Catharine Maria Sedgwick was born after the Revolutionary War into a respected Massachusetts family. Her father, Theodore Sedgwick, served in the House of Representatives and in the Massachusetts Supreme Court. Sedgwick was educated at home and then at Payne’s Finishing School, a boarding school in Boston, and New York.
Image 4.3. Catharine Maria Sedgwick
After her mother died and her father remarried in 1813, Sedgwick lived with her brothers, alternating between their respective households in Boston and New York. In 1821, she took the unusual step of converting to Unitarianism. The next year, she published her first novel, A New-England Tale. It established some constants in her writing: a New England setting, interest in the benefits of the Unitarian faith, and focus on domesticity.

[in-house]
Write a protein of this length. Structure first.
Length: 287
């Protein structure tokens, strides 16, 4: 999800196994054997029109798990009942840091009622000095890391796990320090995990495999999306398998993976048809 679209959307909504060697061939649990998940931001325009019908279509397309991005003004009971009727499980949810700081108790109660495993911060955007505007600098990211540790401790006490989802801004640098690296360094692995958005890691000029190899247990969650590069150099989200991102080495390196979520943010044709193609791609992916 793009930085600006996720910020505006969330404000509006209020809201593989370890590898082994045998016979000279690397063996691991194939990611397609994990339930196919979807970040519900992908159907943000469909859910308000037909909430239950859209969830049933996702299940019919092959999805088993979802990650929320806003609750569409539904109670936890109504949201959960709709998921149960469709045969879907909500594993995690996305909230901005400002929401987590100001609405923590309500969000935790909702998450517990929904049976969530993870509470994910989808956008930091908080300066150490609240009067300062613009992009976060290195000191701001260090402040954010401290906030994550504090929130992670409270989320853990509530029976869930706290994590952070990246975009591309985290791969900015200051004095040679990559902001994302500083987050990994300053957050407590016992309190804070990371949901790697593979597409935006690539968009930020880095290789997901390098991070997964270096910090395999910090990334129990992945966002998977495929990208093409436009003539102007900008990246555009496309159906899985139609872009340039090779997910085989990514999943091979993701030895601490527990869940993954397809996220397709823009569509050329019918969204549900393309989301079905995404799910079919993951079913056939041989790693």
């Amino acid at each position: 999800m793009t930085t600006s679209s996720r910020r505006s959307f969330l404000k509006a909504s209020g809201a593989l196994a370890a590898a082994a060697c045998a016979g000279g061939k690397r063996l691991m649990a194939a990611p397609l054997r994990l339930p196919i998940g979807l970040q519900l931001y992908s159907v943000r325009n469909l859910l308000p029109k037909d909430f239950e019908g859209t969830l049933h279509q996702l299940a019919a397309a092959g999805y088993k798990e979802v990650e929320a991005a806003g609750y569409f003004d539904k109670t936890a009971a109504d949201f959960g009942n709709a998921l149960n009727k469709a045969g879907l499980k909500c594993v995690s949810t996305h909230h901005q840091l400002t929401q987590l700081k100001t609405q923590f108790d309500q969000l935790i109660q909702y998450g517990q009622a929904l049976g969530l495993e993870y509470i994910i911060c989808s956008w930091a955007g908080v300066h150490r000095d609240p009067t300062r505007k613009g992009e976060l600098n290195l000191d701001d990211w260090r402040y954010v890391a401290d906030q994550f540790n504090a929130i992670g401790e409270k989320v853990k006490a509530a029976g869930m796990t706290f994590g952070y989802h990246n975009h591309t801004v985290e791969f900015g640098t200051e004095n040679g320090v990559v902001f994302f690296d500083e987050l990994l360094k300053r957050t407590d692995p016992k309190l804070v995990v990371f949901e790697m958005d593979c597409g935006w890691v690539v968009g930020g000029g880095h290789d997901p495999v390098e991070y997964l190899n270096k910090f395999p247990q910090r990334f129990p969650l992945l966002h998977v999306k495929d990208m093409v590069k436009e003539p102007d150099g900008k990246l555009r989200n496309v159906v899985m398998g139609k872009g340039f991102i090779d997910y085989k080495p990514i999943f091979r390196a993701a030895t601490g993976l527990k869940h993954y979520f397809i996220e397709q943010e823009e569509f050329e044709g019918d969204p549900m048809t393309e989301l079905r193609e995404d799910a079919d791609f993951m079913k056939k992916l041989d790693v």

In most of her works, Sedgwick considers women’s lives, both within and outside of marriage. In Married or Single? (1857), she asked her readers not to consider women as mere extensions of men or as vessels of civilization and virtue best confined to the domestic realm. She also wrote of minority groups, including Native Americans. Hope Leslie (1827) sympathetically depicts the religious and social customs of Native Americans, a depiction based on her own research on the Mohawks. She had a public life through her activities in various reform movements tied to Unitarianism. She also had a public life as a very well-received writer. Indeed, in a September 1846 notice of “The Literati of New York City,” Edgar Allan Poe described Sedgwick as “one of our most celebrated and meritorious writers.” Besides her six novels, Sedgwick published biographies and children’s literature. She never married.